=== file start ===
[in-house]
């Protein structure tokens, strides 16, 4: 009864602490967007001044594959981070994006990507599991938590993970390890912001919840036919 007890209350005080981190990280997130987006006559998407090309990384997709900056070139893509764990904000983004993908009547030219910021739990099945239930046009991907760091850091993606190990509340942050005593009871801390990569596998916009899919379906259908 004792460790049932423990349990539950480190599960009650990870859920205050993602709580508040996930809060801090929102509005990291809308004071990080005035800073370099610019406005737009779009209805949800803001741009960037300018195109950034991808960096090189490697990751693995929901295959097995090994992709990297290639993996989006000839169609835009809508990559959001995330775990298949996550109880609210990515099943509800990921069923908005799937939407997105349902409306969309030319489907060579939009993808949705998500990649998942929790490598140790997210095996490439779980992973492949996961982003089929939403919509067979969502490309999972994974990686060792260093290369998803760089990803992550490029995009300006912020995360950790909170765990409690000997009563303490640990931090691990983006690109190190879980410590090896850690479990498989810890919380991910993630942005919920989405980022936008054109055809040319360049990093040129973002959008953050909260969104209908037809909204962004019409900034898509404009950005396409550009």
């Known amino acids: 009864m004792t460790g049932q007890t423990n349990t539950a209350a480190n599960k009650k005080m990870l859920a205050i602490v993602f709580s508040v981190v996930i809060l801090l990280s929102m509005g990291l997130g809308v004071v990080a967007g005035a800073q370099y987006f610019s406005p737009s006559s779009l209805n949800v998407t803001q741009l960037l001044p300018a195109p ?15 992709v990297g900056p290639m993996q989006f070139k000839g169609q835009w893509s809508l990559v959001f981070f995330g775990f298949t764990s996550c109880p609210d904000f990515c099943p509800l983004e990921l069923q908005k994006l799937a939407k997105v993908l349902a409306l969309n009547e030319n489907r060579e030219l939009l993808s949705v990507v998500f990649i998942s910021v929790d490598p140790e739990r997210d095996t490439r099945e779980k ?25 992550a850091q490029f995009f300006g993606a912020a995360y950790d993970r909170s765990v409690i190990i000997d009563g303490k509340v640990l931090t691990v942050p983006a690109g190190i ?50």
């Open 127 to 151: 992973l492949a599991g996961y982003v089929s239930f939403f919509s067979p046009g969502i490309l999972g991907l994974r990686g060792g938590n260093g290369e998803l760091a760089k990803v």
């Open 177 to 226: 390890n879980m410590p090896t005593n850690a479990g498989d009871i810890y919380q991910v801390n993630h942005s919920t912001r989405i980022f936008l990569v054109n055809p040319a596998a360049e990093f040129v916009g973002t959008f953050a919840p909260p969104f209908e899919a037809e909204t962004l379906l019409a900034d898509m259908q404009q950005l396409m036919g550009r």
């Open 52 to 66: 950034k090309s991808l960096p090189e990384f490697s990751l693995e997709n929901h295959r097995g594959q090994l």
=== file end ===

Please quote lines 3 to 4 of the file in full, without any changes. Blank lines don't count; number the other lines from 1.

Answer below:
């Known amino acids: 009864m004792t460790g049932q007890t423990n349990t539950a209350a480190n599960k009650k005080m990870l859920a205050i602490v993602f709580s508040v981190v996930i809060l801090l990280s929102m509005g990291l997130g809308v004071v990080a967007g005035a800073q370099y987006f610019s406005p737009s006559s779009l209805n949800v998407t803001q741009l960037l001044p300018a195109p ?15 992709v990297g900056p290639m993996q989006f070139k000839g169609q835009w893509s809508l990559v959001f981070f995330g775990f298949t764990s996550c109880p609210d904000f990515c099943p509800l983004e990921l069923q908005k994006l799937a939407k997105v993908l349902a409306l969309n009547e030319n489907r060579e030219l939009l993808s949705v990507v998500f990649i998942s910021v929790d490598p140790e739990r997210d095996t490439r099945e779980k ?25 992550a850091q490029f995009f300006g993606a912020a995360y950790d993970r909170s765990v409690i190990i000997d009563g303490k509340v640990l931090t691990v942050p983006a690109g190190i ?50």
């Open 127 to 151: 992973l492949a599991g996961y982003v089929s239930f939403f919509s067979p046009g969502i490309l999972g991907l994974r990686g060792g938590n260093g290369e998803l760091a760089k990803v």